Visitor Question

Do I have a case after finger amputation and missing medical records?

Submitted By: Stephen (San Diego, California)

I went to the hospital with a finger laceration. I was given injections of lidocaine/epinephrine and bupivicane into my finger for pain relief. My finger was cleaned, put in a splint, dressed, and I was released.

Three days later, my finger was throbbing beyond belief, so I took off the dressing and splint. I noticed the tip of my finger was becoming necrotic and saw a distinct “ring” around my finger at the location of the injections.

I immediately returned to the ER. I was admitted to the hospital for four days and put on IV antibiotics.

After being discharged, my finger deteriorated more and more until a partial amputation of my finger was necessary. After the amputation surgery and while still in the hospital, I became aware that NONE of the injections I received were anywhere to be found on my medical records.

I feel it was the injections that were vasoconstrictors that lead to the necrosis and ultimate amputation. I have since gotten the physician to admit giving the injections but not until after the amputation. Now I need to prove it was the injections that caused the necrosis. Do I have a case? Thank you.

Disclaimer: Our response is not formal legal advice and does not create an attorney-client relationship. It is generic legal information based on the very limited information provided. Do not rely upon the information in our response, or anywhere else on this site, when deciding the proper course of a legal matter. Always get a personalized case review from a local attorney.

Answer

Dear Stephen,

As the plaintiff in a medical malpractice case you would have the burden of proving that the doctor fell below the standard of care in his or her treatment of you. The starting point in this establishing the doctor’s negligence is typically the medical records. You may still have a case, however, if the medical records are missing or incomplete.

It appears from your question that there are medical records related to your emergency room visit, but that those records failed to note that the injections you were given. This is a different issue than what you would face if your medical records were completely missing.

It is not unusual for doctors to unintentionally omit information from medical records, but it would be highly unusual if those records (and your medical bills) failed to include injections you were given.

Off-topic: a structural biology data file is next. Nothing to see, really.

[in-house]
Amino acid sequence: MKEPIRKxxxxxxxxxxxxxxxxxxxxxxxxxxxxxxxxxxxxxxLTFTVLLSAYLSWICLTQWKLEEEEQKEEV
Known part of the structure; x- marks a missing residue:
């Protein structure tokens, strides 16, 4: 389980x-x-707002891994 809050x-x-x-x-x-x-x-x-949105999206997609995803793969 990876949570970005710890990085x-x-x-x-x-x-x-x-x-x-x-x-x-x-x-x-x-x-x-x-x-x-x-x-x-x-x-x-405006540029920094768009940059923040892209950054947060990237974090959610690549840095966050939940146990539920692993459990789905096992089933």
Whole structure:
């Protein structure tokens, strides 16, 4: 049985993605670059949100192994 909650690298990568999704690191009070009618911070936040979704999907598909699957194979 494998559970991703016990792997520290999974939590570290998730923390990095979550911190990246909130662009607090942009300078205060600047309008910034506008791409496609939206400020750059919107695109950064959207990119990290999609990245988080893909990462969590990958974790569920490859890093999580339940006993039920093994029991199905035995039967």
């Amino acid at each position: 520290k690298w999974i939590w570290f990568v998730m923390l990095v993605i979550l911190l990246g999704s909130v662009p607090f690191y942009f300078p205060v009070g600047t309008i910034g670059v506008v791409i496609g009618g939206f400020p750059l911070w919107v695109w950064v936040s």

There are several ways you can attempt to deal with this issue:

First, are there witnesses to your treatment? Were you accompanied by a family member or a friend who was with you when the injections were given and could testify that you did receive one or more injections? Also, was there a nurse involved in your care who might remember you receiving the injections?

Second, have you looked at your medical bills? Medications are typically billed on an individual basis and there may be an itemized charge for both the medications injected into your finger and a charge for the doctor administering the object injections.

Next, were you given a discharge summary that addresses the treatment you received and/or what you should do going forward? Check your records and see what you were provided when you left the hospital. You may be holding a reference to the injections.

Further, were the medical records kept electronically?  If so, it may be possible to go back into the computer files and determine if the records were altered after your treatment.

Finally, California Health and Safety Code § 123111 gives an adult patient:

“…the right to provide to the health care provider a written addendum with respect to any item or statement in his or her records that the patient believes to be incomplete or incorrect.”

By adding an addendum you can attempt to correct the omissions from your records. This addendum, however, will still pit your word against the doctor’s unless you have witnesses or other evidence that the injections were given.

Errors in medical records can present unique complications for patients who feel like they have been harmed by a doctor’s negligence. An experienced medical malpractice attorney can give you additional guidance on how best to proceed.

Learn more here: Tips for Medical Malpractice Claims

The above is general information. Laws change frequently, and across jurisdictions. You should get a personalized case evaluation from a licensed attorney.

Find a local attorney to give you a free case review here, or call 888-972-0892.

Best of luck with your claim,

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